Theater venues have been shut down for over a year and there have been no in-person classes due to COVID-19. However, despite these circumstances many theatre students at the University of Oregon strived to make the most out of their college experience, especially this year's graduating seniors. 

With plans to be on stage or work behind the scenes in their future careers, these seniors kept a "the show must go on" mindset since the switch to remote education. However, it wasn't easy, said UO senior Jessica Jaszewski. 

"It was heartbreaking just to know that our entire senior year where you do a show or have senior nights would be online," Jaszewski said. "It kind of felt like you were losing a bit of your community because theatre is so in-person focused. It was hard." 

Seniors Savannah Rogan and Dara Willmarth also expressed how weird and frightening the readjustment to online learning was for them. 

“Acting classes on Zoom are not the best, but we've done what we can," said Rogan. "However, it's never going to be what it could have been and we missed out on a lot of opportunities that we should have had for this year." 

Willmarth said she was scared at the start of the pandemic because she didn’t know how this would affect her and felt that students were left in the dark about whether or not the UO would remain online for the 2020-21 academic year. 

"I was exceedingly frustrated and I knew this would impact my education," she said. Willmarth also said that she was more concerned as to how this would also affect the community that the theatre department fosters and losing connections with her peers. 

Nonetheless, in the face of the obstacles that online learning created, seniors were able to adapt to this new lifestyle and learn something new from their classes. 

For instance, Jaszewski and Rogan took a class named, "Zoom Acting" run by UO Theatre Arts faculty member John Schmor. In the class they learned how to prepare monologues for graduate school auditions, how to frame themselves on camera and the use of lighting. 

Willmarth also took a playwriting class where students wrote 10-minute plays and had the opportunity to produce them on Zoom. "It was very rewarding and exciting," she said. "Had we been in person, I don't think all of our plays would have been produced or some would have been cut." 

There were also a few other notable perks with theatre being taught or performed through Zoom. 

"More people can see it. People that maybe wouldn't be able to go to a show in person," Rogan said. She said she also noticed students were more comfortable interacting with each other and putting themselves out there through a virtual setting. 

While Jaszewski did not enjoy online learning, she said she's thankful this setting allowed the department to have important conversations regarding diversity and inclusion.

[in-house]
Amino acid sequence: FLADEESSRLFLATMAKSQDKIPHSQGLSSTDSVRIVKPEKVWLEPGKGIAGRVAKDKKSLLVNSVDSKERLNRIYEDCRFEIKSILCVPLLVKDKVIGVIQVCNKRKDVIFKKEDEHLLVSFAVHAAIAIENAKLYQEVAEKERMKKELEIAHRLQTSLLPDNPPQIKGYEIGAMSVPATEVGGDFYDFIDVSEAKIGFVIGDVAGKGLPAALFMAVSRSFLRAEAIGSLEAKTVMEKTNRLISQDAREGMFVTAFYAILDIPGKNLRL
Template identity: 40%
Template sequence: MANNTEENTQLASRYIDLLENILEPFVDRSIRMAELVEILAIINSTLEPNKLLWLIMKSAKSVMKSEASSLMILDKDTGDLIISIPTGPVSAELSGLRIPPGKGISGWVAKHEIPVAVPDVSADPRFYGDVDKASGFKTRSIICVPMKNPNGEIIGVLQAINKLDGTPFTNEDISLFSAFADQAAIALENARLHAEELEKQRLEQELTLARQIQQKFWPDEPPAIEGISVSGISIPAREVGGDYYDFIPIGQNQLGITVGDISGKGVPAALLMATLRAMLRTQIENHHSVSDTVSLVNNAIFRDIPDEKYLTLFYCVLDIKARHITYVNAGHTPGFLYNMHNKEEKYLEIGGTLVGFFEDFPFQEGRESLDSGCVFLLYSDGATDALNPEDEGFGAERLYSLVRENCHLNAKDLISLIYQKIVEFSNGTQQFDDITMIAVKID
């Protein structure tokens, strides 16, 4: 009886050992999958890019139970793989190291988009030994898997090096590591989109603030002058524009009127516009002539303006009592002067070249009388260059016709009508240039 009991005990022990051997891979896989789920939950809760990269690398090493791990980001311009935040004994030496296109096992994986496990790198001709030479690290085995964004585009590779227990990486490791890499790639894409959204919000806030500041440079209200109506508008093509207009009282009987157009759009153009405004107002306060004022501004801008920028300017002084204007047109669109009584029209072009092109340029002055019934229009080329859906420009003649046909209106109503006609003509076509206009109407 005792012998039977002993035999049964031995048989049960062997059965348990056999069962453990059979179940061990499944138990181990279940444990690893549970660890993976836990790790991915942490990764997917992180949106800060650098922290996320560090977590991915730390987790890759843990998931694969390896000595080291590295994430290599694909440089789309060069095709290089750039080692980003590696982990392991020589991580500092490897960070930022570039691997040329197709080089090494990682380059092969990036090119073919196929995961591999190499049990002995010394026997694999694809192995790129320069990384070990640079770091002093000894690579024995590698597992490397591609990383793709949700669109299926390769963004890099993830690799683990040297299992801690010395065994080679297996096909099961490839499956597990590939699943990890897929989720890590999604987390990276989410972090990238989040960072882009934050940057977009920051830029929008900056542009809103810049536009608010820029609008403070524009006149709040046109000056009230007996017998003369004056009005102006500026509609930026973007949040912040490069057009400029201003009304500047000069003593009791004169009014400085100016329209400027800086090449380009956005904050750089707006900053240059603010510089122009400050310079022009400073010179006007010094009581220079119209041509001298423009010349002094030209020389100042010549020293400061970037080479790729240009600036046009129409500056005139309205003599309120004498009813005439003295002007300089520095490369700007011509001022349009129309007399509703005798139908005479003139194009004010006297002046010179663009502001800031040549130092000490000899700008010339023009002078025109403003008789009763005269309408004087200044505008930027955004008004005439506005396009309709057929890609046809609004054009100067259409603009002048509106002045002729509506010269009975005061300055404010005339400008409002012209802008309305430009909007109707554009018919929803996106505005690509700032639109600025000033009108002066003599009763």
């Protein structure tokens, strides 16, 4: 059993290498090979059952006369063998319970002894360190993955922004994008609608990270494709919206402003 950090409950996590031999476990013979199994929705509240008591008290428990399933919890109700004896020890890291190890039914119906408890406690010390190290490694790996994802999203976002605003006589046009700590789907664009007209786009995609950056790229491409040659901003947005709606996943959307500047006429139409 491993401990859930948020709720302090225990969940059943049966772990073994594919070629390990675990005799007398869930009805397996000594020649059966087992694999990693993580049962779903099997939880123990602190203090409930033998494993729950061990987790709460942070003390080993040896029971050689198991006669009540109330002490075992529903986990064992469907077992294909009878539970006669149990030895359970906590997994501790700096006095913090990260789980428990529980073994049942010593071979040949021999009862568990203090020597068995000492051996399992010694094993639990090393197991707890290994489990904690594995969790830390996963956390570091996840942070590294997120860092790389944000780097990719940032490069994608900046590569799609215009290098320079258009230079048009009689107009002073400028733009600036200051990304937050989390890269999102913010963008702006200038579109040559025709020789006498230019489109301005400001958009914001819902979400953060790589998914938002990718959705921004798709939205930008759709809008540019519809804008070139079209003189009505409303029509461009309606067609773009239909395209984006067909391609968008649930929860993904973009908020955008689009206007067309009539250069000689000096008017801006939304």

"I really appreciated that this sort of gave everyone the opportunity to safely come together and have a conversation that isn't normally had in a lot of theatre or educational departments, especially ones that are predominantly White," she said. 

She said she hopes these discussions continue to work towards diversifying the department and that this encourages people who belong in theatre to join. 

As they begin to say farewell to the UO, the seniors shared a common response to what they'll miss the most from being in the theatre department: the people. 

"It's like a little family," Rogan said. "It's going to be weird moving forward without them." 

Willmarth said that along with her friends, she'll also miss the professors who have supported her throughout and formed her education. 

Jaszewski said that she'll miss the direct learning opportunities UO provided her and the ability to try something new such as a clown class or learning how to make props. 

The seniors said there were also many resources and organizations that they encourage theatre students to join to meet new people or to gain hands-on experience. 

One example is the Pocket Playhouse, a student-run organization that allows students to produce their own work and collaborate with others. Jaszewski said that Duck TV is a great resource for those who want to pursue film acting and also recommends looking into the Absolute Improv Club on campus. 

"There are so many opportunities," she said, smiling. "You can be an actor and a playwright, or a director and a set designer. You can do all of those things in the department and try them all out." 

Theatre is about immersing yourself in a creative space to tell stories and connecting not only with the cast and crew, but with the audience, Rogan said. 

"I think theatre breathes compassion," she said. "You have to see outside of yourself in order to produce, be a part of or to watch it."

A&C Reporter

Joanna is an A&C reporter at the Daily Emerald. She writes about theatre, cultural events, and social justice issues.